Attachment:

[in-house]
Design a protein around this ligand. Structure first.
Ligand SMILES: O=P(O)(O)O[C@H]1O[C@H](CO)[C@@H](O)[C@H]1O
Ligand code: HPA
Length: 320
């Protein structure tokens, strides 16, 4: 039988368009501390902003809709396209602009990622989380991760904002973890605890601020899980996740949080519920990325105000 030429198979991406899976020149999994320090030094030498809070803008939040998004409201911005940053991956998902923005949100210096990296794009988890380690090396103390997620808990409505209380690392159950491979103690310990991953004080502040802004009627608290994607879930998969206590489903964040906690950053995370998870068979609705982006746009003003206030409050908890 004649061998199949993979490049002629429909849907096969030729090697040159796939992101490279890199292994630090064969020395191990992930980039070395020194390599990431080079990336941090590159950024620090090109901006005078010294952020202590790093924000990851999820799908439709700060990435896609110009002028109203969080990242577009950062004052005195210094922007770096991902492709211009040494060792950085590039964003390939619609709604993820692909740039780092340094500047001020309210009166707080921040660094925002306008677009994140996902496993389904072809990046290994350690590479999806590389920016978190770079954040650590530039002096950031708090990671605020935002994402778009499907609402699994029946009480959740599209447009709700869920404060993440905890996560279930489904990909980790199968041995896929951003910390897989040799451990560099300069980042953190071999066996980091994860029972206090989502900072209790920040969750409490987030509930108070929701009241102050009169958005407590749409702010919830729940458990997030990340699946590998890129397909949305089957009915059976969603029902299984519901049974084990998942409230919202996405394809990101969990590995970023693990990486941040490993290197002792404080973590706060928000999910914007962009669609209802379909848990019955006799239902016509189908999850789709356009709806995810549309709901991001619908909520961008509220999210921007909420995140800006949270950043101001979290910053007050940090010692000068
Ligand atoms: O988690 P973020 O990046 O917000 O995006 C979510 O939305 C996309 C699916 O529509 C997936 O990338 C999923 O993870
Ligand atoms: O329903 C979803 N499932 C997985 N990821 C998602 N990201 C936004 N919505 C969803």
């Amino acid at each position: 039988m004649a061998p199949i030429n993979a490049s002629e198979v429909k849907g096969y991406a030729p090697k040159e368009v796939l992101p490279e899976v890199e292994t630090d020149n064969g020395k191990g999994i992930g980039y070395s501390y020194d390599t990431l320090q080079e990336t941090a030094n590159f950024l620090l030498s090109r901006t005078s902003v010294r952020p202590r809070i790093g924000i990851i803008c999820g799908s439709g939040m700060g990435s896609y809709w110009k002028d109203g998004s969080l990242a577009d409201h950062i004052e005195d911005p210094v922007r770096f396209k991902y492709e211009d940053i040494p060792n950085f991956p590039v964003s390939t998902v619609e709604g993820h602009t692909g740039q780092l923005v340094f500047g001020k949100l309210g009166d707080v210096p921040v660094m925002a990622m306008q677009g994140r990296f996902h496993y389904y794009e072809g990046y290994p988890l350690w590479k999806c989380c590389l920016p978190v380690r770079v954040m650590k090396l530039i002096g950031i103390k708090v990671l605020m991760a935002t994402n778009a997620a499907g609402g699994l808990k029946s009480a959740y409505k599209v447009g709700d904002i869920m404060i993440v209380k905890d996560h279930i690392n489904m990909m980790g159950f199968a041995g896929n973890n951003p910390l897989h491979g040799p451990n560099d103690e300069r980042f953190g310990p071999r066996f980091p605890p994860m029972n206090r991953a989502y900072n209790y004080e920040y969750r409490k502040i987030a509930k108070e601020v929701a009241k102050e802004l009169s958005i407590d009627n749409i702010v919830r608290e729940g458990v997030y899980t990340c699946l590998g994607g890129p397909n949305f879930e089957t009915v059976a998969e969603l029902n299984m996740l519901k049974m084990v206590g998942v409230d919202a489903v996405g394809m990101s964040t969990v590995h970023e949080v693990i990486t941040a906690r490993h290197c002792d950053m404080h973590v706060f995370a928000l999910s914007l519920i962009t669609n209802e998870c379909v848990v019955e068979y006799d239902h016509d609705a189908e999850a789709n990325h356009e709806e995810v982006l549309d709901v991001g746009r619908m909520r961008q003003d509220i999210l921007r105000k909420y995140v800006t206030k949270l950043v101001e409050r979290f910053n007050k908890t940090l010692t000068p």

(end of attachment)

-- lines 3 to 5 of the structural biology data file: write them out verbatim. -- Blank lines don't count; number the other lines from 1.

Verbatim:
Ligand SMILES: O=P(O)(O)O[C@H]1O[C@H](CO)[C@@H](O)[C@H]1O
Ligand code: HPA
Length: 320